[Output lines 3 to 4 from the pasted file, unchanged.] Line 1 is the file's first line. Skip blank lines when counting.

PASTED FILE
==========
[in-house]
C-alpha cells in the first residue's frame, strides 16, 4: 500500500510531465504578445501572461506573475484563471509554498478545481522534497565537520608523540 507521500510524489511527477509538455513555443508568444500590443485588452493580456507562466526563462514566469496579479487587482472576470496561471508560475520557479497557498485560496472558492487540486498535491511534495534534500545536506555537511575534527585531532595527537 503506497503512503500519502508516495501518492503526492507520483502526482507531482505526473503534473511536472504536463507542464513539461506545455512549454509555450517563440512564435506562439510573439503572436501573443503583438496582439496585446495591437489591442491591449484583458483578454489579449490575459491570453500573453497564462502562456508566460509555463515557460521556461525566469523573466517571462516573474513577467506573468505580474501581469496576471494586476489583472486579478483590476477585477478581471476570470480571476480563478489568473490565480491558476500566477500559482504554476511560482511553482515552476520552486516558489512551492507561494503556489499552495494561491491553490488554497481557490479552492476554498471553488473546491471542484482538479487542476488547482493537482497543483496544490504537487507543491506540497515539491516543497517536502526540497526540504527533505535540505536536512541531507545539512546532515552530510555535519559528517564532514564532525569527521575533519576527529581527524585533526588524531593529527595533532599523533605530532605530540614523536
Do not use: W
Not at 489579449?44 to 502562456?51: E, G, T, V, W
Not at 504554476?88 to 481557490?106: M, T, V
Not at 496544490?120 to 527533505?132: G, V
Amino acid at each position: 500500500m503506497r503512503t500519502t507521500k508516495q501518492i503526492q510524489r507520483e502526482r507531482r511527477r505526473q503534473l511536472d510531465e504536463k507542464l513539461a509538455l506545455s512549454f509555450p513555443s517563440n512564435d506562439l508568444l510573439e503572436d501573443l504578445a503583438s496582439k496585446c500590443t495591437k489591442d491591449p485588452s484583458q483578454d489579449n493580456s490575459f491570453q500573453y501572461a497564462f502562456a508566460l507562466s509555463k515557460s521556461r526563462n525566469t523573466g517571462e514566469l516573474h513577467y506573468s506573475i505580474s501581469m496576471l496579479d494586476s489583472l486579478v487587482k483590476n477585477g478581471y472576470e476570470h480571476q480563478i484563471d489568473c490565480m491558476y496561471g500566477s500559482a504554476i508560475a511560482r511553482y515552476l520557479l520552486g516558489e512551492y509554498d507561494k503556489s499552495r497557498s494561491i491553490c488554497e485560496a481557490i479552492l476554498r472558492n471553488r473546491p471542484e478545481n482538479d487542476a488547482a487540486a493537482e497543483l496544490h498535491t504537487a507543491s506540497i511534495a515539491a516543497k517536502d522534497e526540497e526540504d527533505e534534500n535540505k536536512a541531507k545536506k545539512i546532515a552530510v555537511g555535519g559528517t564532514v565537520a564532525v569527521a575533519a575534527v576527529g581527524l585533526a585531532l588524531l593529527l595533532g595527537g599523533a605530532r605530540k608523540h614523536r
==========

Do not use: W
Not at 489579449?44 to 502562456?51: E, G, T, V, W